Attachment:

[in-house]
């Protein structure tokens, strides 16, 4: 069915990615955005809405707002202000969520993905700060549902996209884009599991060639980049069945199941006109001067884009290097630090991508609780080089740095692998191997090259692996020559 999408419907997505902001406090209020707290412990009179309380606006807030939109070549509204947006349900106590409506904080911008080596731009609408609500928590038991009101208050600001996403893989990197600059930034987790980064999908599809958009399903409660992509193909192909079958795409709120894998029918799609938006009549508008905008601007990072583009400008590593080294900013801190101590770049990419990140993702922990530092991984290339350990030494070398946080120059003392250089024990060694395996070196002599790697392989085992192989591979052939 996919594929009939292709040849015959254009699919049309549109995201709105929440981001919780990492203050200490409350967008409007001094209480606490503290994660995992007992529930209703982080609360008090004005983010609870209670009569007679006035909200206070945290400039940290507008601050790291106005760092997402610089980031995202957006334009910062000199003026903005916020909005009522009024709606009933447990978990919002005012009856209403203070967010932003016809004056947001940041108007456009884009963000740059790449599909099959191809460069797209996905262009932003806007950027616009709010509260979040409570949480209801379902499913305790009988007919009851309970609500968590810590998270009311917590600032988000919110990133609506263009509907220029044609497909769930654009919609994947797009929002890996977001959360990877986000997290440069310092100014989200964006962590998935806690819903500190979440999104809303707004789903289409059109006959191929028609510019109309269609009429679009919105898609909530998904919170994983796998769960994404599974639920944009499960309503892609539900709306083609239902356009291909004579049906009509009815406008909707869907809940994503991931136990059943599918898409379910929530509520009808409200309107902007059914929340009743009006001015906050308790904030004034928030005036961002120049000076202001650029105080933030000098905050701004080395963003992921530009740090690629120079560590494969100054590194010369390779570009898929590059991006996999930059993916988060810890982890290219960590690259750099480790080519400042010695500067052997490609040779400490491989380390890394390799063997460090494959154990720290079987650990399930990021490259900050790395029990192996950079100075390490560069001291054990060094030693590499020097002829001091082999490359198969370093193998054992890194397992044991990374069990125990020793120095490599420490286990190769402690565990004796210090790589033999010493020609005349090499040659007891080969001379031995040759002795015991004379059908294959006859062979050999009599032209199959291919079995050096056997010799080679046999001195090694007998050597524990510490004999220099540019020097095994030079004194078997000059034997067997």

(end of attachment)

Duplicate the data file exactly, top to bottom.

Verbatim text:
[in-house]
């Protein structure tokens, strides 16, 4: 069915990615955005809405707002202000969520993905700060549902996209884009599991060639980049069945199941006109001067884009290097630090991508609780080089740095692998191997090259692996020559 999408419907997505902001406090209020707290412990009179309380606006807030939109070549509204947006349900106590409506904080911008080596731009609408609500928590038991009101208050600001996403893989990197600059930034987790980064999908599809958009399903409660992509193909192909079958795409709120894998029918799609938006009549508008905008601007990072583009400008590593080294900013801190101590770049990419990140993702922990530092991984290339350990030494070398946080120059003392250089024990060694395996070196002599790697392989085992192989591979052939 996919594929009939292709040849015959254009699919049309549109995201709105929440981001919780990492203050200490409350967008409007001094209480606490503290994660995992007992529930209703982080609360008090004005983010609870209670009569007679006035909200206070945290400039940290507008601050790291106005760092997402610089980031995202957006334009910062000199003026903005916020909005009522009024709606009933447990978990919002005012009856209403203070967010932003016809004056947001940041108007456009884009963000740059790449599909099959191809460069797209996905262009932003806007950027616009709010509260979040409570949480209801379902499913305790009988007919009851309970609500968590810590998270009311917590600032988000919110990133609506263009509907220029044609497909769930654009919609994947797009929002890996977001959360990877986000997290440069310092100014989200964006962590998935806690819903500190979440999104809303707004789903289409059109006959191929028609510019109309269609009429679009919105898609909530998904919170994983796998769960994404599974639920944009499960309503892609539900709306083609239902356009291909004579049906009509009815406008909707869907809940994503991931136990059943599918898409379910929530509520009808409200309107902007059914929340009743009006001015906050308790904030004034928030005036961002120049000076202001650029105080933030000098905050701004080395963003992921530009740090690629120079560590494969100054590194010369390779570009898929590059991006996999930059993916988060810890982890290219960590690259750099480790080519400042010695500067052997490609040779400490491989380390890394390799063997460090494959154990720290079987650990399930990021490259900050790395029990192996950079100075390490560069001291054990060094030693590499020097002829001091082999490359198969370093193998054992890194397992044991990374069990125990020793120095490599420490286990190769402690565990004796210090790589033999010493020609005349090499040659007891080969001379031995040759002795015991004379059908294959006859062979050999009599032209199959291919079995050096056997010799080679046999001195090694007998050597524990510490004999220099540019020097095994030079004194078997000059034997067997």